Schavan is a close confidant of German Chancellor Angela Merkel, who has offered Schavan support during the ongoing investigation. Schavan's lawyer released a statement saying "the decision was reached through a flawed process" and is on shaky legal ground. If Schavan loses the court case, however, she is expected to resign.Continue Reading
- Tuesday, February 5, 2013 - 3:00pm
Subra Suresh, an engineer and materials scientist, told NSF staff members that he would be departing at the end of March and taking up his post at the Pittsburgh, Pennsylvania, institution on 1 July. He will have served less than half of a 6-year term that began in October 2010.
As has become standard practice for Obama appointees, Suresh announced his departure in a lengthy letter that lists his many accomplishments. He has paid particular attention to expanding NSF's international footprint, integrating research and education across the foundation, and encouraging NSF-funded scientists to think harder about the commercial potential of their discoveries. He also promoted an approach, dubbed One NSF, that has tried to prod NSF's seven directorates and various program offices to cooperate in jointly funding proposals that span disciplines and tackle important societal problems.
NSF has traditionally received bipartisan support from Congress, which has translated into growing budgets despite the overall pressure to trim federal spending. It's also been one of three agencies targeted for major increases as part of a proposed 10-year doubling of federal support for the physical sciences, although Congress has whittled down the generous requests from the White House.
The 13th NSF director, Suresh's tenure is the shortest since Walter Massey's 2-year stint in the early 1990s. Cora Marrett, deputy NSF director and acting director for 6 months before Suresh arrived, is expected to be named acting director once again while the president seeks a replacement. His successor will need to be confirmed by the Senate, a process that is often lengthy but seldom contentious.Continue Reading
- Tuesday, February 5, 2013 - 1:50pm
BARCELONA, SPAIN—The Spanish government has issued a new road map for science that sets high goals for the national research system, but researchers are disappointed that it has little new money to offer. Instead, the government hopes corporate funding will increase dramatically—which the scientific community says is not likely to happen.
The new Spanish Strategy of Science, Technology, and Innovation, which was approved by the Council of Ministers on Friday, is ambitious. Taking 2010 as the starting point, the government pledges to almost double the representation of Ph.D.-holders among the population age 25 to 34 by 2020 and increase research employment from 11.8% to 16%; raise to 10% the share of publicly-funded Spanish papers ranked among the top 5% of the most cited publications globally; increase Spain's share of European Union research funds, including a 90% increase in the number of so-called Starting Grants from the European Research Council; boost the number of patent applications by 50%; and raise the national percentage of innovative companies from 18.6% to 25%.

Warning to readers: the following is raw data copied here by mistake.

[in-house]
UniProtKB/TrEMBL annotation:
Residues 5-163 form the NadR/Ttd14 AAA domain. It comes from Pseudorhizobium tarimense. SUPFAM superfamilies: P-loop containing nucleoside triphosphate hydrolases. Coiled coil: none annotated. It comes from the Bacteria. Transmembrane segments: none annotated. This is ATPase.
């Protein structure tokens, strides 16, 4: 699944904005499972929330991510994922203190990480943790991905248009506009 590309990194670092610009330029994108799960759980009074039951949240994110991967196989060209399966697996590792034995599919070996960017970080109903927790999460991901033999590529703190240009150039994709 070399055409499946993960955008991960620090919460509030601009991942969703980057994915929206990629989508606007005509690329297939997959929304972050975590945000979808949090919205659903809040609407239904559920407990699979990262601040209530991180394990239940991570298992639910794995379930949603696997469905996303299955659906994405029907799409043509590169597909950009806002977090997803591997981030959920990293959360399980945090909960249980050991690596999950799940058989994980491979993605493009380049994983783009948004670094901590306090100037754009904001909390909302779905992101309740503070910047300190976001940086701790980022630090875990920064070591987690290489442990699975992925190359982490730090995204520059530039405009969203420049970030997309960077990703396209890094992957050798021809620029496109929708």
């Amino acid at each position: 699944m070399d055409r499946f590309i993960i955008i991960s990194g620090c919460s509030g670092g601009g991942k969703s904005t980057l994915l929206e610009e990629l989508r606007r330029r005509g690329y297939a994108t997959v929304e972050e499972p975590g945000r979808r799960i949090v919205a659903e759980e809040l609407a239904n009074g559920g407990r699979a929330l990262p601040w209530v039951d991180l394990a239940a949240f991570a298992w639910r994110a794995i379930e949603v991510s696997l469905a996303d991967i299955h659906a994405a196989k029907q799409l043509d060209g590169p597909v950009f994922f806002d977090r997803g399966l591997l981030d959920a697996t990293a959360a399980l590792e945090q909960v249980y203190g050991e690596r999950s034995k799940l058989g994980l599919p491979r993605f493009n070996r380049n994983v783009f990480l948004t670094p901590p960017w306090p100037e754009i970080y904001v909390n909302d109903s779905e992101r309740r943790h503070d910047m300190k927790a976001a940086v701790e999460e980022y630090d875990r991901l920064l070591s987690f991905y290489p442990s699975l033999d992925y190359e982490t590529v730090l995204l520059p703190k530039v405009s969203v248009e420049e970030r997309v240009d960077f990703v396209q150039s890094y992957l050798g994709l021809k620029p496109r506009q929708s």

To achieve these goals, the government also approved a battery of new measures on Friday. They include supporting scientific talent, in particular making it easier to find jobs in both the academic and private research system, promoting interdisciplinary and collaborative research, giving elite groups and institutions dedicated funding, and improving the governance of universities and national research centers. The government also aligned its research priorities with the seven focus areas identified in Horizon 2020, the European Commission's research funding plan for 2014-2020.
The road map, which is part of a government package aiming to boost Spain's economy and competitiveness, also seeks to remedy one of the greatest ills of Spanish science: its lack of innovation.
But researchers are disappointed byContinue ReadingPosted In:
- Tuesday, February 5, 2013 - 1:40pm
In January, Australia had it all: drought, fires, tropical cyclones, tornadoes, floods, and record-breaking heat. "It's been the most challenging month in the 27 years I've been a climatologist," says Neil Plummer, assistant director of the Climate Information Service at the Australian Bureau of Meteorology in Melbourne.
Now, politicians will see how the astounding weather is affecting the political climate. Science, business, and other groups are weighing in on an Australian Senate effort to assess the country's readiness for extreme weather. "We want to see a more structured and strategic response to national disasters," says a spokesperson for Senator Christine Milne, the Australian Greens Party leader who pushed for the study, known as an inquiry.
There's little question the inquiry is getting more attention after last month's disasters. Several cities reached historic highs for heat, and January's average mean temperature (29.68°C) surpassed records set more than 80 years ago, in January 1932. Meanwhile, Queensland farmers estimate they've lost crops and livestock worth AUS$100 million to floods. And Queensland Premier Campbell Newman estimates economic losses from cyclone Oswald and associated tornadoes at AUS$2.4 billion. "Sadly, I think that figure will rise," he told reporters last week.